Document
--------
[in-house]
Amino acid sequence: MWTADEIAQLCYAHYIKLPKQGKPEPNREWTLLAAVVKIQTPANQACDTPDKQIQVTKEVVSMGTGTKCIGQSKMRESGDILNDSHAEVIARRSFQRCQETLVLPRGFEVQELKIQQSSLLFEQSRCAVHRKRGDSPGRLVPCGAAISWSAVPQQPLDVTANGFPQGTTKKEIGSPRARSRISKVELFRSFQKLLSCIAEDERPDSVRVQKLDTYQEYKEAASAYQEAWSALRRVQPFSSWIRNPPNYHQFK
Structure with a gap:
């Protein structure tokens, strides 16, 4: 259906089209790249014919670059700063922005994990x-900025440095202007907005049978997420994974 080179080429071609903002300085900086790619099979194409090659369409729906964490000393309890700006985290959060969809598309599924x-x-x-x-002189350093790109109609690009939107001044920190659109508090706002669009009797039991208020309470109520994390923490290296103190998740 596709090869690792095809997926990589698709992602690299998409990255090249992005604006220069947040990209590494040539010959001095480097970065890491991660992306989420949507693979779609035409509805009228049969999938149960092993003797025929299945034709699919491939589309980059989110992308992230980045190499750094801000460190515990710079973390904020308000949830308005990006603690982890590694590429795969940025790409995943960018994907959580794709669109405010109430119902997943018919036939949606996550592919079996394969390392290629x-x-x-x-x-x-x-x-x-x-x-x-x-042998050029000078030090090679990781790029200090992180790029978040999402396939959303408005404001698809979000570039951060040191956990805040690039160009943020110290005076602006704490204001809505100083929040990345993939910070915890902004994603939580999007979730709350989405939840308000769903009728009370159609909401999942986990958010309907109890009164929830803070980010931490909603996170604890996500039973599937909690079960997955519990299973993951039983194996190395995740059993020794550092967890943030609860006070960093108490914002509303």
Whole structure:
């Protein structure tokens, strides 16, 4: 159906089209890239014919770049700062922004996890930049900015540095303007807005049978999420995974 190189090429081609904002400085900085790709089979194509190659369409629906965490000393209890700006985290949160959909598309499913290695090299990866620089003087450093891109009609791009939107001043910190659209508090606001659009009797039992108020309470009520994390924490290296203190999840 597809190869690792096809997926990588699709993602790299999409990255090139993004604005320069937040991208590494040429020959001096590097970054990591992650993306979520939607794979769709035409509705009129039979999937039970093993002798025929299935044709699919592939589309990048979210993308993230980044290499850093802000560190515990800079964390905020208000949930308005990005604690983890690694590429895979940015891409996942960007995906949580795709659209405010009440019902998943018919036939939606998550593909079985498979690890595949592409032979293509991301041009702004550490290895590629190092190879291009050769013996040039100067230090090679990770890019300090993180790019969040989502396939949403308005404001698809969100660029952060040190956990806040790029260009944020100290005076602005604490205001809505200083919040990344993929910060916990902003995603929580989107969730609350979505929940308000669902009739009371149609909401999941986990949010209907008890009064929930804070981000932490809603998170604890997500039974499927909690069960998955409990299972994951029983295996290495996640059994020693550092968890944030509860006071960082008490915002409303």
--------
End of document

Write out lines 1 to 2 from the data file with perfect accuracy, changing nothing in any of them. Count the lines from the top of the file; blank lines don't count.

[in-house]
Amino acid sequence: MWTADEIAQLCYAHYIKLPKQGKPEPNREWTLLAAVVKIQTPANQACDTPDKQIQVTKEVVSMGTGTKCIGQSKMRESGDILNDSHAEVIARRSFQRCQETLVLPRGFEVQELKIQQSSLLFEQSRCAVHRKRGDSPGRLVPCGAAISWSAVPQQPLDVTANGFPQGTTKKEIGSPRARSRISKVELFRSFQKLLSCIAEDERPDSVRVQKLDTYQEYKEAASAYQEAWSALRRVQPFSSWIRNPPNYHQFK